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How helpful good an academic degree be?
Old 1st May 2018
Here for the gear

How helpful good an academic degree be?

Hey there, I'm from Iran and I`m planning to emigrate. I`ve been working in music industry for about 10 years and I want to pursue my career there (preferably Canada).

I`ve learned music on my own, using supplementary such as
I`ve been playing electric guitar for about 10 years and I also am somehow professional at composing. audio engineering and ...(no degree but I`m pretty goood at them since I`ve massively self-studied)
Considering what I`ve mentioned, I need to know how helpful could an academic DEGREE in music be to get through this industry there. Is it a MUST? Or just preferable? Can I get through it by the knowledge and experience I`ve got?

If it is a MUST, since I`m not able to attend courses in person, would it be a good idea to pass online courses at Berklee? How effective would that be?

I really need a thorough answer as I have searched upon it but got no reliable source.

Thank you in advance
Old 2nd May 2018
Lives for gear
Cardinal_SINE's Avatar

It's depends. In most cases it won't hurt to get degree in relevant topics. Physics, Electrical engineering or acoustics or similar.
Old 2nd May 2018
Lives for gear

A music degree, or audio engineering, or? Not sure you have a focus? Either way no. Networking is the key, but most would wisely advise you that there is no sure path as its not an easy field to find good, steady income in. Having a degree is probably not going to elevate you much (if at all) over your peers.

I work as a film composer as well as an audio engineer. I have a degree, in audio engineering...and I have some formal music education but nothing prestigious... but no one cares or even asks. All that matters is meeting the people that will bring you gigs (film makers or bands or whatever), and being able to do those jobs when they do come up. I wouldn't even say going to school gives you good networking opportunities...most everyone that I went to school with did not become audio engineers...many ended up at Guitar Center/Sweetwater...probably my most successful peer is an internationally touring guitar player in a kind of popular (not household name though) band....which seems like a gig you wouldn't need to go to audio engineering school for...

If getting paid is a higher priority than being an artist, then yeah second the above post and get a good degree that you can apply to something else. You can always try to be the artist on the side, which is what most people end up doing because at the end of the day people need to make a livable wage.
Old 2nd May 2018
a music degree is pretty useless, trust me, unless you really are academically gifted or have a serious interest in research, forget going, when you leave uni, you'll still have to persue work, so do it now, and avoid the debt.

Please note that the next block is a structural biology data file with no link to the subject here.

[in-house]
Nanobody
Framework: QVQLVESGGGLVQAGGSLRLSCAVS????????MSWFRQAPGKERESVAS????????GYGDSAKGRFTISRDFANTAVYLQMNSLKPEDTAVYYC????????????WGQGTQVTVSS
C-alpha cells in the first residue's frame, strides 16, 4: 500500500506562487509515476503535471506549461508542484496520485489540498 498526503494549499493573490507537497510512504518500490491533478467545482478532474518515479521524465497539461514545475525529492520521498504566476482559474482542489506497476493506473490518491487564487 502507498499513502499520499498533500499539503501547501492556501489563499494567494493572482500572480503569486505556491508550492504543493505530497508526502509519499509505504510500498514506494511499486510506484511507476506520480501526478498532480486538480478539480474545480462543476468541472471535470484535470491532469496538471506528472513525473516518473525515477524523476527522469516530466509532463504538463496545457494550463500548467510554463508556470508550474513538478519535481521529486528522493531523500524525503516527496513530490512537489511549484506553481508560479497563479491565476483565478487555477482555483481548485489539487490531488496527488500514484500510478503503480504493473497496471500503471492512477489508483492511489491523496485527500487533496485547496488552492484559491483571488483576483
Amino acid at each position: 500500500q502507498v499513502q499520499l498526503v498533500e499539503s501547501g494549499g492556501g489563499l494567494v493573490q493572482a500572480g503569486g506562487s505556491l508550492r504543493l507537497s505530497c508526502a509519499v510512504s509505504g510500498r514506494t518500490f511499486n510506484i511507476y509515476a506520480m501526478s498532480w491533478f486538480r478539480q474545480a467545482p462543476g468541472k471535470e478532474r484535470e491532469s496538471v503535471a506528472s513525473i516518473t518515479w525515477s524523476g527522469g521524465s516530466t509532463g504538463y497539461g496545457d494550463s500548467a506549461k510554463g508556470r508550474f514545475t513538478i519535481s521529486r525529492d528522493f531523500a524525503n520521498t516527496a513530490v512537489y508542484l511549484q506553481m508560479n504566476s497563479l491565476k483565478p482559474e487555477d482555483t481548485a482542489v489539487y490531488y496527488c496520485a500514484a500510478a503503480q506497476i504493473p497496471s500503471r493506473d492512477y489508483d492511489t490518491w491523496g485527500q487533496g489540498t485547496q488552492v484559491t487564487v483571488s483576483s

Old 24th May 2018
The question is - what do you want to DO aim the music industry?

The basic issue with studio work is massive over subscription. An electronics degree would be helpful when something breaks but it’d be another 3-4 years of low income in an expensive place - and for what purpose? If you’ve got 10 years of experience already, you’d then be at least close to 30 before finishing any further study right? Which isn’t “getting on” but is possibly too old to want to be working 24/7 on menial jobs hoping to get a foot in the door.

So the question is - what do you want to do?
Old 26th May 2018
Here for the gear

Originally Posted by kslight View Post
If getting paid is a higher priority than being an artist, then yeah second the above post and get a good degree that you can apply to something else. You can always try to be the artist on the side, which is what most people end up doing because at the end of the day people need to make a livable wage.
Physics and electrical engineering, sure, but is acoustics a solid degree in terms of job prospects?
This also makes you wonder if there aren’t any dual degree programs (or other things of that nature) with electrical engineering and audio. You’d want a straight physics or elec. engineering degree, I’d think, with an audio concentration or dual degree.

EDIT: I also just found this thread which seems to be highly relevant.
Old 12th June 2019
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voodoo4u's Avatar
I've received a formal education from one of Canada's best music industry schools years ago. For personal reasons, I'm very glad I did. Professionally, it hasn't helped me at all. When I graduated, I applied to over two hundred recording studios all across the country, I would have gone anywhere. I received only three replies, all negative. I knew then I'd have to make my own job.

In the music industry in Canada, there is only one city that has the resources to allow for a good full time, life time career in music and that's Toronto (I'm not saying it couldn't happen elsewhere, it's just much more difficult). I've had the chance to work with hundreds if not thousands of Canadian musicians and almost every one of them has built a career that is completely self directed and has little, if anything to do with obtaining a degree directly in music or music industry arts (with a few exceptions that come to mind). As someone else has already mentioned, a long, profitable career in music is mostly about the connections you make with people along the way.

If you're serious about a move to Canada, I would strongly suggest you consider a formal degree in a STEM subject. One that's related to music (electrical engineering, physics etc.) and use that as a building block to a self directed career in music. If you have the work ethic you claim, I'm certain you could do very well in Canada. Aside from just a career, It's also a great place to live and have a family.
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